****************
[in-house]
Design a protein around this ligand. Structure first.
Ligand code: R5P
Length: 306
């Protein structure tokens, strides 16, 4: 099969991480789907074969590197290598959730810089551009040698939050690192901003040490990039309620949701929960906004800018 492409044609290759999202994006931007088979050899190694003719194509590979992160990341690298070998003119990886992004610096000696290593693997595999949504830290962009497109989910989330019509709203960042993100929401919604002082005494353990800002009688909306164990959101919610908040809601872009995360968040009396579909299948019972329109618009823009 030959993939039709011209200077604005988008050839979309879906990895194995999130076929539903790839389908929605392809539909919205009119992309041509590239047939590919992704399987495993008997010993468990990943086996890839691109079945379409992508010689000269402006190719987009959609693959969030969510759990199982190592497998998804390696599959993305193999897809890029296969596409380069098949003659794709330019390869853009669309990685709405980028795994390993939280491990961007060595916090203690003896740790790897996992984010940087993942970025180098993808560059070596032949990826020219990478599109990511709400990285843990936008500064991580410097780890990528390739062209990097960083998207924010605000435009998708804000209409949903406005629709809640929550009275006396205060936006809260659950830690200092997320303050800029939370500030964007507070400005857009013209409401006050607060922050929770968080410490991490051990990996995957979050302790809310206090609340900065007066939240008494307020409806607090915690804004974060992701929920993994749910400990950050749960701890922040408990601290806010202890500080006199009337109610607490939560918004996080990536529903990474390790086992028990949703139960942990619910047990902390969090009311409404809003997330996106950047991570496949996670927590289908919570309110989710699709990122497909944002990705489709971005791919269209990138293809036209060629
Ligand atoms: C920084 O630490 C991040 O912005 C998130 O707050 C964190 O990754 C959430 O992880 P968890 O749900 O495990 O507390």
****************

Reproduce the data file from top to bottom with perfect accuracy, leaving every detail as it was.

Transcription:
[in-house]
Design a protein around this ligand. Structure first.
Ligand code: R5P
Length: 306
């Protein structure tokens, strides 16, 4: 099969991480789907074969590197290598959730810089551009040698939050690192901003040490990039309620949701929960906004800018 492409044609290759999202994006931007088979050899190694003719194509590979992160990341690298070998003119990886992004610096000696290593693997595999949504830290962009497109989910989330019509709203960042993100929401919604002082005494353990800002009688909306164990959101919610908040809601872009995360968040009396579909299948019972329109618009823009 030959993939039709011209200077604005988008050839979309879906990895194995999130076929539903790839389908929605392809539909919205009119992309041509590239047939590919992704399987495993008997010993468990990943086996890839691109079945379409992508010689000269402006190719987009959609693959969030969510759990199982190592497998998804390696599959993305193999897809890029296969596409380069098949003659794709330019390869853009669309990685709405980028795994390993939280491990961007060595916090203690003896740790790897996992984010940087993942970025180098993808560059070596032949990826020219990478599109990511709400990285843990936008500064991580410097780890990528390739062209990097960083998207924010605000435009998708804000209409949903406005629709809640929550009275006396205060936006809260659950830690200092997320303050800029939370500030964007507070400005857009013209409401006050607060922050929770968080410490991490051990990996995957979050302790809310206090609340900065007066939240008494307020409806607090915690804004974060992701929920993994749910400990950050749960701890922040408990601290806010202890500080006199009337109610607490939560918004996080990536529903990474390790086992028990949703139960942990619910047990902390969090009311409404809003997330996106950047991570496949996670927590289908919570309110989710699709990122497909944002990705489709971005791919269209990138293809036209060629
Ligand atoms: C920084 O630490 C991040 O912005 C998130 O707050 C964190 O990754 C959430 O992880 P968890 O749900 O495990 O507390």